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DEVELOP a portfolio. Designate a folder or notebook to store the information you gather during this stage of the plan for reaching your educational goal. Quick access to this information will save you time later as you begin the decision making portion of your academic plan.

When you talk with your counselor, consider jotting down some notes about your conversation. If you know what major you plan to pursue, make a copy of the curriculum guide so you have a list of needed classes. You may find this information in your GRCC catalog, transfer guide, or online at our website or that of your intended transfer school. It’s not unusual to be unsure of your educational goal as you begin your academic journey. Consider a career workshop or meet with a career counselor. There is no charge to students for these services and they can be as in-depth as you would like to make them. Another possibility is a career decision making class like CLS 101 or CLS 110, which is taken for credit and does appear on your transcript.

Consider attending the Academic Advising and Transfer Fair which is offered once each fall and winter semester. At this time many four-year colleges and universities across Michigan gather on our campus to meet directly with students. This is an excellent opportunity to ask questions and gather printed information about transfer admissions requirements, educational programs, scholarships, athletics, clubs and organizations, etc; it’s a chance to shop around without leaving town.

Take advantage of the workshops offered by our Counseling, Advising & Retention Services which are available without cost to students. You can develop helpful strategies for preparing for classroom tests, or reduce your stress by examining its sources and learning some relaxation and coping strategies.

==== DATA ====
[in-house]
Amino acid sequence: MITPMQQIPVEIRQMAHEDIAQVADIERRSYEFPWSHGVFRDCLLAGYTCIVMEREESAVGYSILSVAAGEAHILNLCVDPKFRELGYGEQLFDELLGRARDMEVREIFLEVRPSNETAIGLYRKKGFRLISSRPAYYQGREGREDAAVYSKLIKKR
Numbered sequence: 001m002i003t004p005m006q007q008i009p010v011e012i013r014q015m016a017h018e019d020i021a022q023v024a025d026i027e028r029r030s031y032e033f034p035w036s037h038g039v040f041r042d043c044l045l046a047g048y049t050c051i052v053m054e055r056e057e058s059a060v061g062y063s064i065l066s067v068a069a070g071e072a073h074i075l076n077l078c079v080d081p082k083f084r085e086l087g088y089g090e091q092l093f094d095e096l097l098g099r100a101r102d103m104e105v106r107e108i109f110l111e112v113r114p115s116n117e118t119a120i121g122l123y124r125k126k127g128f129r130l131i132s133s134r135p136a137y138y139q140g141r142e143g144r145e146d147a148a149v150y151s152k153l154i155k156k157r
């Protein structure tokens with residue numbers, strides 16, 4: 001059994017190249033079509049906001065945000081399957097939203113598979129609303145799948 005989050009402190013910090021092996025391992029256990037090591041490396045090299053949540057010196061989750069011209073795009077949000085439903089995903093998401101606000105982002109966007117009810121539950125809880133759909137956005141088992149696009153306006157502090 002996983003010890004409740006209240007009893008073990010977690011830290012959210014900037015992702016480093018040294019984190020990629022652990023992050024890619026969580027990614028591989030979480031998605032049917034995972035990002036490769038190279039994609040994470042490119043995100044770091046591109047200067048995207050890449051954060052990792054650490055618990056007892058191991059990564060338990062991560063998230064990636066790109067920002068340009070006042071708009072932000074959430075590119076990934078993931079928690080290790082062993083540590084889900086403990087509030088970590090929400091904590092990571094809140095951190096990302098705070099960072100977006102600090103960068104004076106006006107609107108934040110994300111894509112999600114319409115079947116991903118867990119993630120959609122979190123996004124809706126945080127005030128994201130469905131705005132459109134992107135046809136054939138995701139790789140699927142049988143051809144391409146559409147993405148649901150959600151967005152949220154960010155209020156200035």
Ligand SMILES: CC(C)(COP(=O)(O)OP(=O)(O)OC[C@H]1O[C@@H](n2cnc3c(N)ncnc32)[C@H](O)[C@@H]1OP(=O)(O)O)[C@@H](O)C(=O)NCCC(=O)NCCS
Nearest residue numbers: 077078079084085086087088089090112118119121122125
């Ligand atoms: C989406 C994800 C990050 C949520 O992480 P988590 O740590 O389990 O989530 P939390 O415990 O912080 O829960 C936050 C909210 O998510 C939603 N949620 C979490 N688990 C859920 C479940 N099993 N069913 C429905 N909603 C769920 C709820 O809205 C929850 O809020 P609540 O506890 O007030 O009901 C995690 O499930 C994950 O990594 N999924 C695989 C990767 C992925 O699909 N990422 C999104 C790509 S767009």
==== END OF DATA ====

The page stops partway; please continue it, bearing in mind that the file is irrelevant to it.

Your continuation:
Your professors have office hours, a time specifically designated to meet with students one-on-one. This is a great opportunity for you to ask questions about information in your textbook or the lecture that you don’t understand, clarify an assignment or just to further discuss a point you found particularly interesting. It’s also a chance to ask more about that professor’s fi eld of study, if it is an area of interest to you. What does he or she fi nd most interesting about this subject? What fields of employment are associated with a degree in this area and what are the educational degree requirements?

Tutoring support is available on campus in a variety of formats. If you are struggling to master the material in a class, consider tutorial support. It is always a good idea to seek help early, while there is still time to improve your performance.

Finally, in these economic times, some labor market research can be an effective tool in developing an academic direction. There is a wealth of timely information available online regarding an extensive number of career choices. Is the area you are considering increasing, decreasing or remaining unchanged in terms of employment prospects? What degree or training is required? What personal characteristics are a good fi t for this career? What are the working conditions? Where are the jobs and are you willing to relocate if necessary? What is the salary range? Important questions to consider as you chose your academic path and prospective career.

The first step is as simple as making an appointment to meet with a GRCC counselor!

Contributor: Anne Sherman, Counselor – Occupational & Disability Services